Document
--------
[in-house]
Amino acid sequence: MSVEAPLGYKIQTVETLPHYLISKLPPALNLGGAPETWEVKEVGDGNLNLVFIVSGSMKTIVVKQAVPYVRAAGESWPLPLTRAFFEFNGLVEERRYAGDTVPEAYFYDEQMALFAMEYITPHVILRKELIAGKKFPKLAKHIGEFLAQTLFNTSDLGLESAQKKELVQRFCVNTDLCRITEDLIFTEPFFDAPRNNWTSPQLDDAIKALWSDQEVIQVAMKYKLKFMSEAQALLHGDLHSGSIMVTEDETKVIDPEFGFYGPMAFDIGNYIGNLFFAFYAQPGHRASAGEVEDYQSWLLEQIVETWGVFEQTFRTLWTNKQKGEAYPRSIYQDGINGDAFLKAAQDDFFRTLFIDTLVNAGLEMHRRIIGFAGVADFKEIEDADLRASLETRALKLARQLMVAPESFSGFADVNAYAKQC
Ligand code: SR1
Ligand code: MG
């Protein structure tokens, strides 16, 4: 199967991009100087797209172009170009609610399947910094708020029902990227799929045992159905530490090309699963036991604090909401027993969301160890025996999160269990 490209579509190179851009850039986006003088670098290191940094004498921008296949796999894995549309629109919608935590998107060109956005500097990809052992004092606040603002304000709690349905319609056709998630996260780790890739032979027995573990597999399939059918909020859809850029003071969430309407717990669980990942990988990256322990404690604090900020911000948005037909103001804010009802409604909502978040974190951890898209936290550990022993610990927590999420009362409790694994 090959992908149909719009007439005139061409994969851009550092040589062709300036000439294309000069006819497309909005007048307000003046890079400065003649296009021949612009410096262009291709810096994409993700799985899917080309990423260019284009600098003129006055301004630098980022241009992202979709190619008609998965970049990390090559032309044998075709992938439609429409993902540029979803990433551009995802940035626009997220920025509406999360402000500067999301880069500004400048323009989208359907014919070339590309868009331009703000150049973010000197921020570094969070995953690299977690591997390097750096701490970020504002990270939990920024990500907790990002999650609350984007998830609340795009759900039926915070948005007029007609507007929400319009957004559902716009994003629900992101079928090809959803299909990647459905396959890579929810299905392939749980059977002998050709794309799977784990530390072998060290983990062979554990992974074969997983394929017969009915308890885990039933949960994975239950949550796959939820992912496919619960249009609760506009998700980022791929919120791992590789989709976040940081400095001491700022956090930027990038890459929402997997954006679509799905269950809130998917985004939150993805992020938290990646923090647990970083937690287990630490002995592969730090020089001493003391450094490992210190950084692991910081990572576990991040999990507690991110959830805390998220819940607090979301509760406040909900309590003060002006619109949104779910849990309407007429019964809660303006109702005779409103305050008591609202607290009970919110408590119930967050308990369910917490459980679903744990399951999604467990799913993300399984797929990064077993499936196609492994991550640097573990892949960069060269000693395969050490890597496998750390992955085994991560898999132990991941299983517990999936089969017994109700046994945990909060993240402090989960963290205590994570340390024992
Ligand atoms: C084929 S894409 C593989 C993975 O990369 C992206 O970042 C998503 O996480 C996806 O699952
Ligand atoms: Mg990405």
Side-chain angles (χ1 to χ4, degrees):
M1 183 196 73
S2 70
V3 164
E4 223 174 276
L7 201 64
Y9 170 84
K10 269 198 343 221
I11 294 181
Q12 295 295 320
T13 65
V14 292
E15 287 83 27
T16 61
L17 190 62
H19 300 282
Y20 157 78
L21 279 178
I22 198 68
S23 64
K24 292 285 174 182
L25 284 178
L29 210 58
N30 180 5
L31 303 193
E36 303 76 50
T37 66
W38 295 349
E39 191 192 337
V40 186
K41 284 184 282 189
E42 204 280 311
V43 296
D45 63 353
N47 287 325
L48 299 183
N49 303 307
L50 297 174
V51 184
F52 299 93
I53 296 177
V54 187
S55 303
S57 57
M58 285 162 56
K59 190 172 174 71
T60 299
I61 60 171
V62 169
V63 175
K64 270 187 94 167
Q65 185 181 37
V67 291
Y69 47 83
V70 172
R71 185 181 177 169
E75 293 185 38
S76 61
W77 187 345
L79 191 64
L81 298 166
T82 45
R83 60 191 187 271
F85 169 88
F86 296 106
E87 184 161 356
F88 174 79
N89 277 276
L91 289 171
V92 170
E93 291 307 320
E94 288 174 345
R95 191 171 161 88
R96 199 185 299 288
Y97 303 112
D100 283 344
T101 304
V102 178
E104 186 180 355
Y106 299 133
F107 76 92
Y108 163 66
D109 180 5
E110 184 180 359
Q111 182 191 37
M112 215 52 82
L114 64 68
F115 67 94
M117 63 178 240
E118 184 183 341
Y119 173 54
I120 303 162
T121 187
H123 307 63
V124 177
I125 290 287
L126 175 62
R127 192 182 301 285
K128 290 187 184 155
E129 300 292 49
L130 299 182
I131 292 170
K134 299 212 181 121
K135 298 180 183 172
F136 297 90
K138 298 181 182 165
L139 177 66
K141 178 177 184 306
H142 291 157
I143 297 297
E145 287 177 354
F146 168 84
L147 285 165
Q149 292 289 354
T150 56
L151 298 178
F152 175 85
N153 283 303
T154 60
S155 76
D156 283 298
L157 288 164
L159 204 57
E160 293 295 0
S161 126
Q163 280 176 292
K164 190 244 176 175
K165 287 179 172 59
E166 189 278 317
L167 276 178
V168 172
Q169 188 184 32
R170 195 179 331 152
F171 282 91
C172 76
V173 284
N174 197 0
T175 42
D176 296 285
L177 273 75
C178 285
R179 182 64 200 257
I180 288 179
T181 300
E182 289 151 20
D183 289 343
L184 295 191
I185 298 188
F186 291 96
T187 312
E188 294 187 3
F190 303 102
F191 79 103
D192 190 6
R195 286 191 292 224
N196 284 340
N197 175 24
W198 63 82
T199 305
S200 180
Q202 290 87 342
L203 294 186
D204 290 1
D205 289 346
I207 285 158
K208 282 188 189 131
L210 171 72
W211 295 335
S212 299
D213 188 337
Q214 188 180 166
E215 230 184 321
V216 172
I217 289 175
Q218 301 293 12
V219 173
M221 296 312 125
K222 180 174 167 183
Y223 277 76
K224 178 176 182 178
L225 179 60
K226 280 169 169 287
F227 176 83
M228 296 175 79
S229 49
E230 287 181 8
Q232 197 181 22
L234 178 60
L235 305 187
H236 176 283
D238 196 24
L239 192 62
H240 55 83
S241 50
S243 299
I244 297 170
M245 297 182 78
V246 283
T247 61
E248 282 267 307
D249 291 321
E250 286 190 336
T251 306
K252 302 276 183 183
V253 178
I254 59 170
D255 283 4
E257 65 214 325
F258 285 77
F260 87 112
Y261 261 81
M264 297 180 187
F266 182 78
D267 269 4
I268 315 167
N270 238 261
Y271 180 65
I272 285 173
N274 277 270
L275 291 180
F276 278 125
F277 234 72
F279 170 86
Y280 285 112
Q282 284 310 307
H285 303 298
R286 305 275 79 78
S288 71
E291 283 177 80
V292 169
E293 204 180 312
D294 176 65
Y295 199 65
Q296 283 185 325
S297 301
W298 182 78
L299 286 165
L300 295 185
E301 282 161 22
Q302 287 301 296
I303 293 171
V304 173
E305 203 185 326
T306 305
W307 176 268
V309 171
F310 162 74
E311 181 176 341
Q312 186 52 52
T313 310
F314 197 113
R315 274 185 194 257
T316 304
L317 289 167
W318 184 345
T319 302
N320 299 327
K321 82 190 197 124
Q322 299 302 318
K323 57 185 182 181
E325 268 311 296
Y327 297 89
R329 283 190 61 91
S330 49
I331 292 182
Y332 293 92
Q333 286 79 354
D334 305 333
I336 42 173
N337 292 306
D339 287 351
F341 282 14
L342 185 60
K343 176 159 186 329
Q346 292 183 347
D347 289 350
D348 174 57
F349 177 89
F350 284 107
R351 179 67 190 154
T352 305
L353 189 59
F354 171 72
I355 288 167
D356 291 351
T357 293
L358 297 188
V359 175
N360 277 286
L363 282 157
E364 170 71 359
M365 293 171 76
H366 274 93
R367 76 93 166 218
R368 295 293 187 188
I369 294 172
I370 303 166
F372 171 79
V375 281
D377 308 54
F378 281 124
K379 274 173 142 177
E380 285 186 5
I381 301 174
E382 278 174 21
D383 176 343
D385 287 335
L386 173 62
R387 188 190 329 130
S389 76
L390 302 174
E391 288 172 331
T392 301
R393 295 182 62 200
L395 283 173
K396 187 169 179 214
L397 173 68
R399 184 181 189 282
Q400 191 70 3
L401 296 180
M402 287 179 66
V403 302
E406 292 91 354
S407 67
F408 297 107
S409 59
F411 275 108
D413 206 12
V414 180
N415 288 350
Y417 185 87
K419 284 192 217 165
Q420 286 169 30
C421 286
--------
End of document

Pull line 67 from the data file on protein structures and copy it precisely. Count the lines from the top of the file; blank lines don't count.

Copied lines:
L79 191 64